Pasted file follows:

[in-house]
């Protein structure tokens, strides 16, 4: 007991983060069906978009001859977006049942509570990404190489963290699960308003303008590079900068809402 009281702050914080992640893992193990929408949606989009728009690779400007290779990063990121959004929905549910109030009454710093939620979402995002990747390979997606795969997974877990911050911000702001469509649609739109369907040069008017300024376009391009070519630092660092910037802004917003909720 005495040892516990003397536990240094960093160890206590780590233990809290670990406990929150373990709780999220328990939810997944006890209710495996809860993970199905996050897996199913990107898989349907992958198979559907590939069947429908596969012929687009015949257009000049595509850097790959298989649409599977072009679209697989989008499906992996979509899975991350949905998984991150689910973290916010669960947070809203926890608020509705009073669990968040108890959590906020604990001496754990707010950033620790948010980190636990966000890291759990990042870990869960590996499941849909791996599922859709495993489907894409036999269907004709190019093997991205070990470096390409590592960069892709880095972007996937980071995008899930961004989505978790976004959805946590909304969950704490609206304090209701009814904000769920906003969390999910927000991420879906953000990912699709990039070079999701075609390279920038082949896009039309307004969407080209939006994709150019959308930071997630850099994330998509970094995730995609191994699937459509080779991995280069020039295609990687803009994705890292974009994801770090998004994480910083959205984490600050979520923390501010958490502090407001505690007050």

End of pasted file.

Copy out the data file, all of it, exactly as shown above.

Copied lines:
[in-house]
């Protein structure tokens, strides 16, 4: 007991983060069906978009001859977006049942509570990404190489963290699960308003303008590079900068809402 009281702050914080992640893992193990929408949606989009728009690779400007290779990063990121959004929905549910109030009454710093939620979402995002990747390979997606795969997974877990911050911000702001469509649609739109369907040069008017300024376009391009070519630092660092910037802004917003909720 005495040892516990003397536990240094960093160890206590780590233990809290670990406990929150373990709780999220328990939810997944006890209710495996809860993970199905996050897996199913990107898989349907992958198979559907590939069947429908596969012929687009015949257009000049595509850097790959298989649409599977072009679209697989989008499906992996979509899975991350949905998984991150689910973290916010669960947070809203926890608020509705009073669990968040108890959590906020604990001496754990707010950033620790948010980190636990966000890291759990990042870990869960590996499941849909791996599922859709495993489907894409036999269907004709190019093997991205070990470096390409590592960069892709880095972007996937980071995008899930961004989505978790976004959805946590909304969950704490609206304090209701009814904000769920906003969390999910927000991420879906953000990912699709990039070079999701075609390279920038082949896009039309307004969407080209939006994709150019959308930071997630850099994330998509970094995730995609191994699937459509080779991995280069020039295609990687803009994705890292974009994801770090998004994480910083959205984490600050979520923390501010958490502090407001505690007050």